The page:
• each R20 is independently selected from the group consisting of hydro, halo, C1-6alkyl, C2-6alkenyl, cycloalkyl, aryl, heteroaryl, SO2R21, C1-6alkyl substituted with one or more of halo, hydroxy, aryl, heteroaryl, heterocycloalkyl, N(R21)2, and SO2R21, C1-6alkylenearyl, C1-6alkyleneheteroaryl, C1-6alkyleneC3-8heterocycloalkyl, C1-6alkyleneSO2aryl, optionally substituted C1-6alkyleneN(R21)2, OCF3, C1-6alkyleneN(R21)3+, C3-8heterocycloalkyl, and CH(C1-6alkyleneN(R21)2)2, or two R20 groups are taken together to form an optionally substituted 3- to 8-membered aliphatic ring;
  • each R21 is independently selected from the group consisting of hydro, C1-6alkyl, cycloalkyl, aryl, heteroaryl, C1-6alkylenearyl, and SO2C1-6alkyl, or two R21 groups are taken together to form an optionally substituted 3- to 8-membered ring;
  • each R22 is independently selected from the group consisting of C1-6alkyl, C2-6alkynyl, aryl, heterocycloalkyl, N(R20)2, OR20, halo, N3, CN, C1-6alkylenearyl, C1-6alkyleneN(R20)2, C(O)R20, C(O)OR20, C(O)N(R2)2, N(R18)C(O)R20, N(R18)C(O)OR20, and

  • R23 is —C≡C—R24 or heteroaryl;
  • each R24 is independently selected from the group consisting of hydro, C1-6alkyl, aryl, C1-6alkylenearyl, heteroaryl, C1-6alkyleneheteroaryl, and alkoxy;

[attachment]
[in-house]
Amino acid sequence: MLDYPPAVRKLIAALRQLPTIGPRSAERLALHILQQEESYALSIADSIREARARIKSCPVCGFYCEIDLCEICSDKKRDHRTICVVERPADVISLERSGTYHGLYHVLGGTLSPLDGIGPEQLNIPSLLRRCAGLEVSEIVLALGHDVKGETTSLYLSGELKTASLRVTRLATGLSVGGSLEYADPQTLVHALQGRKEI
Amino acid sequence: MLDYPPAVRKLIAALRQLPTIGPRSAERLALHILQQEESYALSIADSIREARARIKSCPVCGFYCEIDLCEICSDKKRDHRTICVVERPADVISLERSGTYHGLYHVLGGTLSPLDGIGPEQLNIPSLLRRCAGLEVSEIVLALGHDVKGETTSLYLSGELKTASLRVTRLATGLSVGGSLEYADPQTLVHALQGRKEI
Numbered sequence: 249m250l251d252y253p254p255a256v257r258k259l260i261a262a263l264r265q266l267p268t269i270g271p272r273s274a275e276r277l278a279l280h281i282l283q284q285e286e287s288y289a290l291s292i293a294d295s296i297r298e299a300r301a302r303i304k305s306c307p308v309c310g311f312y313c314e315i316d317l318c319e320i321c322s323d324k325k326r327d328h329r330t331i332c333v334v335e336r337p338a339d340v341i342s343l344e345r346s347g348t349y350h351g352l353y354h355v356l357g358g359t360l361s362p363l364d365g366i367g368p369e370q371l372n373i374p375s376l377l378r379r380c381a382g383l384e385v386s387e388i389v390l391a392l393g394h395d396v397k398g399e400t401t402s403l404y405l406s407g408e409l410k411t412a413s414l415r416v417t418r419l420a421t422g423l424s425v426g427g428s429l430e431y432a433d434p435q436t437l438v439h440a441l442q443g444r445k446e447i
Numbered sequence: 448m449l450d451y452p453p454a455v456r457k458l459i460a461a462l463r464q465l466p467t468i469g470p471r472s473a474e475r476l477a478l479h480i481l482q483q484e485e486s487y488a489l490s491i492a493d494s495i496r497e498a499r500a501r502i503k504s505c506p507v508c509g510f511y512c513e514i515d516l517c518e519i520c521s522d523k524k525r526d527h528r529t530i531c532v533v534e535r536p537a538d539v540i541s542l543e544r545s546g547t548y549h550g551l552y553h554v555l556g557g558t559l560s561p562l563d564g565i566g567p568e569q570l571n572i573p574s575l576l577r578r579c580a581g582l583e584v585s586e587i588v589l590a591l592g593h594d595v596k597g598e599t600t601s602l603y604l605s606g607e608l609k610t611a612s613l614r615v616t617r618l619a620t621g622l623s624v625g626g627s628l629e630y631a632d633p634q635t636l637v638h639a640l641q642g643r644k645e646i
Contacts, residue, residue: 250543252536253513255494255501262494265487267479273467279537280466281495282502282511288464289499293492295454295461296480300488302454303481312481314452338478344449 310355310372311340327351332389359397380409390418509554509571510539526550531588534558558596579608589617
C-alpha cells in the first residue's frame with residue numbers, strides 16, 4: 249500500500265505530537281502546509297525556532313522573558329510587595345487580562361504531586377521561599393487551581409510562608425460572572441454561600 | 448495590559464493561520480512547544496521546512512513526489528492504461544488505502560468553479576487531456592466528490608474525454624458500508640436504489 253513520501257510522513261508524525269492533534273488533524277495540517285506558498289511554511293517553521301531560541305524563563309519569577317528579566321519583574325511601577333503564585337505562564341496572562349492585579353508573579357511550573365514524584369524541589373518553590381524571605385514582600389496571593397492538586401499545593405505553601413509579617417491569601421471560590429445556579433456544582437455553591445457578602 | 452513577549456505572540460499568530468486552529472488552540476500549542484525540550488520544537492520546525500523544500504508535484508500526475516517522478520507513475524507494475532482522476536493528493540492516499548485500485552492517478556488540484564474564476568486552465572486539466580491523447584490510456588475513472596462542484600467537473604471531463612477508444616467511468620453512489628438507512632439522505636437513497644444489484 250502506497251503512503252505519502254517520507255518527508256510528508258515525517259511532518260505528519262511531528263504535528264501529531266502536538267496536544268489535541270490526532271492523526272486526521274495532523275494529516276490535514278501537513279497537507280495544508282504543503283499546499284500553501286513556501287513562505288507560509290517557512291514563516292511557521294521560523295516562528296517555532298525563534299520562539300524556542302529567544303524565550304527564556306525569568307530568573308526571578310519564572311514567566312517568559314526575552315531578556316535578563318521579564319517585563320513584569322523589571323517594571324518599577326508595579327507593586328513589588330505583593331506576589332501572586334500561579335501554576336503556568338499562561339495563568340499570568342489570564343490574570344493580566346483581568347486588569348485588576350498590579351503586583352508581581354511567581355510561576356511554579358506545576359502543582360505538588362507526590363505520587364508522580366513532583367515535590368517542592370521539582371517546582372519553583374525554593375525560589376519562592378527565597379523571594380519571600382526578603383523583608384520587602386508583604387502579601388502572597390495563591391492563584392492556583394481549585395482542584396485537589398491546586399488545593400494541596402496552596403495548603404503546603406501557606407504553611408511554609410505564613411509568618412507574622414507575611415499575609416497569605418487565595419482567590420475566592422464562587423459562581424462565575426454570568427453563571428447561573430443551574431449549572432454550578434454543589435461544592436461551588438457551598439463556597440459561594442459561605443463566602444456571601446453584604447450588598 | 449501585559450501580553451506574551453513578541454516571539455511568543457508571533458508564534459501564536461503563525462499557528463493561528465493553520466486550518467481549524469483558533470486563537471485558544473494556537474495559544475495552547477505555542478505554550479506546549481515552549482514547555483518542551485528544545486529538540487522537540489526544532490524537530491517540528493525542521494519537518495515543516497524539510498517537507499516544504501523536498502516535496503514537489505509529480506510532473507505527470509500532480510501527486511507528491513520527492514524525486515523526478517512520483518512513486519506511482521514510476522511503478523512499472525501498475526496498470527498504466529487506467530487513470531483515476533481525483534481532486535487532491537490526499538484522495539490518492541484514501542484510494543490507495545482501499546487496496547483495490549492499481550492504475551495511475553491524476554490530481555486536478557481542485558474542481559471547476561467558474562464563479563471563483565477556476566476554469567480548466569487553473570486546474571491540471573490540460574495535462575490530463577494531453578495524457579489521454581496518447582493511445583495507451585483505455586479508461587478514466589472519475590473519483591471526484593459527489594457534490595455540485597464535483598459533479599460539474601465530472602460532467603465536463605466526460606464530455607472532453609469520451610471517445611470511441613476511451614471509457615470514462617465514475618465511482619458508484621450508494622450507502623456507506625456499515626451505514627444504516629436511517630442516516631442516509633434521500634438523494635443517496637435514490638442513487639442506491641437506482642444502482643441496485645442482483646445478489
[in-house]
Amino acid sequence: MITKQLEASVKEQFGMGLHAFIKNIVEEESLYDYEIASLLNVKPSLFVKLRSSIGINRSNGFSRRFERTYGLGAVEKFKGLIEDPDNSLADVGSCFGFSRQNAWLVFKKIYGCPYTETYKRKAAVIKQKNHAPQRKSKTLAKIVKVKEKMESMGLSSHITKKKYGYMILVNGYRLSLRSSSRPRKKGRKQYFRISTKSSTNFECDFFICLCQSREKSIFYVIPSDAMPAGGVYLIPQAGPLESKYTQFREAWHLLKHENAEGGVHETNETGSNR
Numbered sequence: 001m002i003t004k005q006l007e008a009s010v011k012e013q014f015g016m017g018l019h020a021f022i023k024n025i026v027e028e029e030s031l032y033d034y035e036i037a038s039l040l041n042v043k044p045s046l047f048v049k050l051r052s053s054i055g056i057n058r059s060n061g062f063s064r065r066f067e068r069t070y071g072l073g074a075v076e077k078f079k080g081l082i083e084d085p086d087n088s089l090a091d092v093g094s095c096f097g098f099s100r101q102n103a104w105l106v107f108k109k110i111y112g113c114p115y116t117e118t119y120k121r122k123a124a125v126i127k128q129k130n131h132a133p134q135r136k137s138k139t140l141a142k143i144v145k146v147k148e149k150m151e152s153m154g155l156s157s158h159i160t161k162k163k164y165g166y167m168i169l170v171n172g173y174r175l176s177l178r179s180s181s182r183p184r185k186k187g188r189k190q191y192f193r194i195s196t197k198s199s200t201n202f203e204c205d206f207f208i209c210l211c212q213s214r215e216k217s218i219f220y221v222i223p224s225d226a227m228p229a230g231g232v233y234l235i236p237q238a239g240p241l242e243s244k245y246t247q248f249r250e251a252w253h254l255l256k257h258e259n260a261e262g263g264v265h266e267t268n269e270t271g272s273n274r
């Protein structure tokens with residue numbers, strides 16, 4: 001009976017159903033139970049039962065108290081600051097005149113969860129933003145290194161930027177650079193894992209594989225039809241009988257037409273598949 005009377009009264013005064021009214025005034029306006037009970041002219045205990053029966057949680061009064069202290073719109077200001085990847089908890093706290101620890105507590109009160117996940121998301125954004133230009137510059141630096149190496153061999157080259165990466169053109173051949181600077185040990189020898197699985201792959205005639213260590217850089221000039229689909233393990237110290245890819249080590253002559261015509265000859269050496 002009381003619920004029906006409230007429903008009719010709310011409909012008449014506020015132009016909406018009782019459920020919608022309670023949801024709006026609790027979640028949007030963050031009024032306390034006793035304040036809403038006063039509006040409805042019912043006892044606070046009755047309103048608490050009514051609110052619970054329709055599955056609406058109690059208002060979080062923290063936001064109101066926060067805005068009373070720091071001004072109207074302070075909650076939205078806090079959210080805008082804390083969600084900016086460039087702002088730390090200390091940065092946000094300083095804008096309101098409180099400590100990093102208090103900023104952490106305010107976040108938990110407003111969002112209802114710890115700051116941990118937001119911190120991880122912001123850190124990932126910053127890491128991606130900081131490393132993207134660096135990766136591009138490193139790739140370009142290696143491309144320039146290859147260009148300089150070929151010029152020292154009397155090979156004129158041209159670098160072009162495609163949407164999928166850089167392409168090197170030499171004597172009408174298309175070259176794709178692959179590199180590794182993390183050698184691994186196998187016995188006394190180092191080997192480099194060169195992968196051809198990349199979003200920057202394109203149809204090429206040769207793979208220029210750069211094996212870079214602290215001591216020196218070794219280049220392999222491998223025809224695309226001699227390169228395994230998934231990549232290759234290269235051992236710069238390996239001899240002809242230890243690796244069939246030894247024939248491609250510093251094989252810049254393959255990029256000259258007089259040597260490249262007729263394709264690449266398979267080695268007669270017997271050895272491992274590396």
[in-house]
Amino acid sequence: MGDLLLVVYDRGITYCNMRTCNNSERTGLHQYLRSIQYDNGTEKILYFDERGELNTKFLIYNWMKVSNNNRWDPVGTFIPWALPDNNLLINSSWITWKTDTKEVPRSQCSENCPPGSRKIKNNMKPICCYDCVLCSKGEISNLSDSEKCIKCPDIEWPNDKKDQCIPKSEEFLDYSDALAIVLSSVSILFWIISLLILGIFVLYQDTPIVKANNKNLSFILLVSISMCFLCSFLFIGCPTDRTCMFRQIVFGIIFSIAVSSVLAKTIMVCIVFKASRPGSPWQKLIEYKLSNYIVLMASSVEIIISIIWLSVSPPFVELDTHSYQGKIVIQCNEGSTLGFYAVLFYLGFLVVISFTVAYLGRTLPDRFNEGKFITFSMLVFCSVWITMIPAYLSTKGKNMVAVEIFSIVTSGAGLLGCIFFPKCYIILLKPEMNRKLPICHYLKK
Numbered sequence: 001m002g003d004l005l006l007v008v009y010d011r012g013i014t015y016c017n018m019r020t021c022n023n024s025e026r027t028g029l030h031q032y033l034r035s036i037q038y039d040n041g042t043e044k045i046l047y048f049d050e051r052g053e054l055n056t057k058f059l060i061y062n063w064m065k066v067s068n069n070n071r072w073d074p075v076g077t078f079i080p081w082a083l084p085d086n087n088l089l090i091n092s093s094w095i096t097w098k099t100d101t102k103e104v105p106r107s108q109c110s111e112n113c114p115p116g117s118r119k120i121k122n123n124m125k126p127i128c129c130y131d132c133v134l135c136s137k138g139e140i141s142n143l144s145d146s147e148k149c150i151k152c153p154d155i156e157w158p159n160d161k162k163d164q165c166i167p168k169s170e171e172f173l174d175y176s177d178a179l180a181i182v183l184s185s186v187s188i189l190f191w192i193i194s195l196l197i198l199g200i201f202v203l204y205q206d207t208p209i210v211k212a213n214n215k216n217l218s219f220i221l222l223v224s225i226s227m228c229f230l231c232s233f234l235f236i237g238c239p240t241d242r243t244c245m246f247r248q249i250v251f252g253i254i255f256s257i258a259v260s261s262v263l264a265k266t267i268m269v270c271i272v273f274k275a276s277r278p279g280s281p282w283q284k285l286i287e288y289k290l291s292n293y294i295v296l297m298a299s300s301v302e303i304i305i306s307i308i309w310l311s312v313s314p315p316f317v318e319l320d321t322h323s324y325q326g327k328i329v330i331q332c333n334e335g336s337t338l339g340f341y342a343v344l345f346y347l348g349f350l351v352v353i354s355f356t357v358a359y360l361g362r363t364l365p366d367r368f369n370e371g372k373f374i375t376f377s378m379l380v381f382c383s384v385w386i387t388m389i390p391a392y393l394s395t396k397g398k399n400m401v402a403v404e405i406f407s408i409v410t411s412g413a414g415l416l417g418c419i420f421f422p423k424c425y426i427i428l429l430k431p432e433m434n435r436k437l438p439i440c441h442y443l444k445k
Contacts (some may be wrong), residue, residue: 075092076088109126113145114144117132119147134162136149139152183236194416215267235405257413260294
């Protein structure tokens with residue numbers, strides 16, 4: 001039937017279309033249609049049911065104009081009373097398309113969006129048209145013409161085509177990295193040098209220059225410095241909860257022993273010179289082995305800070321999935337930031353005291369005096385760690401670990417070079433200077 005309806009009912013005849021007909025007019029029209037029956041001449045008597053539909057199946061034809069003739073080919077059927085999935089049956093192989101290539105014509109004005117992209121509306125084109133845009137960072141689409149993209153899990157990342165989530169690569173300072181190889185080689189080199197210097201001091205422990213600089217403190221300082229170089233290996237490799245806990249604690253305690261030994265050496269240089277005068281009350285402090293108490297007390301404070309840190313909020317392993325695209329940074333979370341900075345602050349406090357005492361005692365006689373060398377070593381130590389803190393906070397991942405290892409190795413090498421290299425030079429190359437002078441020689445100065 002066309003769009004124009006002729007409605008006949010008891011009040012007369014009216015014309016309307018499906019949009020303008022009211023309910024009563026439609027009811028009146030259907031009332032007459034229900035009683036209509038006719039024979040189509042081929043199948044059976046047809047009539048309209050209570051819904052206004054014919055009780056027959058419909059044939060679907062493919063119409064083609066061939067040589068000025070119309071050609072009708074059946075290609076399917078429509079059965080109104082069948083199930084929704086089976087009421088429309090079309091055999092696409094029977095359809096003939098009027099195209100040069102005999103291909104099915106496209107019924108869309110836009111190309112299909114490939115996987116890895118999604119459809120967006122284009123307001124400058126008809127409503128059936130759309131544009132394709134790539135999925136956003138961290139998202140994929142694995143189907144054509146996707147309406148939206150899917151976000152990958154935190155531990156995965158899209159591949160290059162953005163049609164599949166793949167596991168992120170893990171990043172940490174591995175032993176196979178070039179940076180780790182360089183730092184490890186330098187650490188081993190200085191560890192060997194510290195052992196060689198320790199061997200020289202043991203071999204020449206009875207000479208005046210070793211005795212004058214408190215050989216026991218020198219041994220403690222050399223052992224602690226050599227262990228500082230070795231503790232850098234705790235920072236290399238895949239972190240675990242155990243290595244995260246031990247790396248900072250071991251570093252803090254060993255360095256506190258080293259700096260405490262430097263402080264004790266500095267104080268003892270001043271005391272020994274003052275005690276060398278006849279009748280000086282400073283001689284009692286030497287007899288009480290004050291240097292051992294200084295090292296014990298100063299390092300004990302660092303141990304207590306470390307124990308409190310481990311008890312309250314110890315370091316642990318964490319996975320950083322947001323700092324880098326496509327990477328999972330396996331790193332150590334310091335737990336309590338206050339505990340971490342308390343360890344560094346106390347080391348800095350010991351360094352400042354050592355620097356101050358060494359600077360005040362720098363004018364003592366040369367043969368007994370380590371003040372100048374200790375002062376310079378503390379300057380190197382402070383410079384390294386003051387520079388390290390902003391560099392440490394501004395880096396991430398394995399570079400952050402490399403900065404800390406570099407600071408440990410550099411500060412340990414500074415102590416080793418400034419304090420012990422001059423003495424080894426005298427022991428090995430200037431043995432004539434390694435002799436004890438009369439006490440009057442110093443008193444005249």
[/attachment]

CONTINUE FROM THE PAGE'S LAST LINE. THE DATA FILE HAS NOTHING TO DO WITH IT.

• R25, R26, and R27, independently, are selected from the group consisting of halo, optionally substituted C1-6alkyl, C2-6alkenyl, C2-6alkynyl, OCF3, CF3, NO2, CN, NC, N(R20)2, OR20, CO2R20, C(O)N(R2)2, C(O)R20, N(R18)COR20, N(R18)C(O)OR20, N(R20)C(O)OR20, N(R18)C(O)C1-3alkyleneC(O)R20, N(R18)C(O)C1-3alkyleneC(O)OR20, N(R18)C(O)C1-3alkyleneOR20, N(R18)C(O)C1-3alkyleneNHC(O)OR20, N(R18)C(O)C1-3alkyleneSO2NR20, C1-3alkyleneOR20, and SR20;
    or a pharmaceutically acceptable salt, or prodrug, or solvate thereof.

ii) A Compound Having a Formula (VII)

wherein W″ is selected from the group consisting of heteroaryl, aryl, heterocycloalkyl, cycloalkyl, and C1-6alkyl substituted with a heteroaryl or aryl group, wherein said aryl group W″ is optionally substituted with one to four substituents represented by R19, said heteroaryl group W″ is optionally substituted with one to four substituents represented by R22, and said heterocycloalkyl and cycloalkyl groups W″ are optionally substituted with one or two C1-6alkyl substituents;

  • each R18 is independently selected from the group consisting of hydro, C1-6alkyl, C2-6alkenyl, C2-6alkynyl, and aryl;
  • each R19 is independently selected from the group consisting of halo, optionally substituted C1-6alkyl, C2-6alkenyl, OCF3, NO2, CN, NC, N(R20)2, OR20, CO2R20, C(O)N(R20)2, C(O)R20, N(R18)COR20, N(R18)C(O)OR20, N(R18)C(O)C1-6alkyleneC(O)R20, N(R18)C(O)C1-6alkyleneC(O)OR20, N(R18)C(O)C1-6alkyleneOR20, N(R18)C(O)C1-6alkyleneNHC(O)OR20, N(R18)C(O)C1-6alkyleneSO2NR20, C1-6alkyleneOR20, and SR20;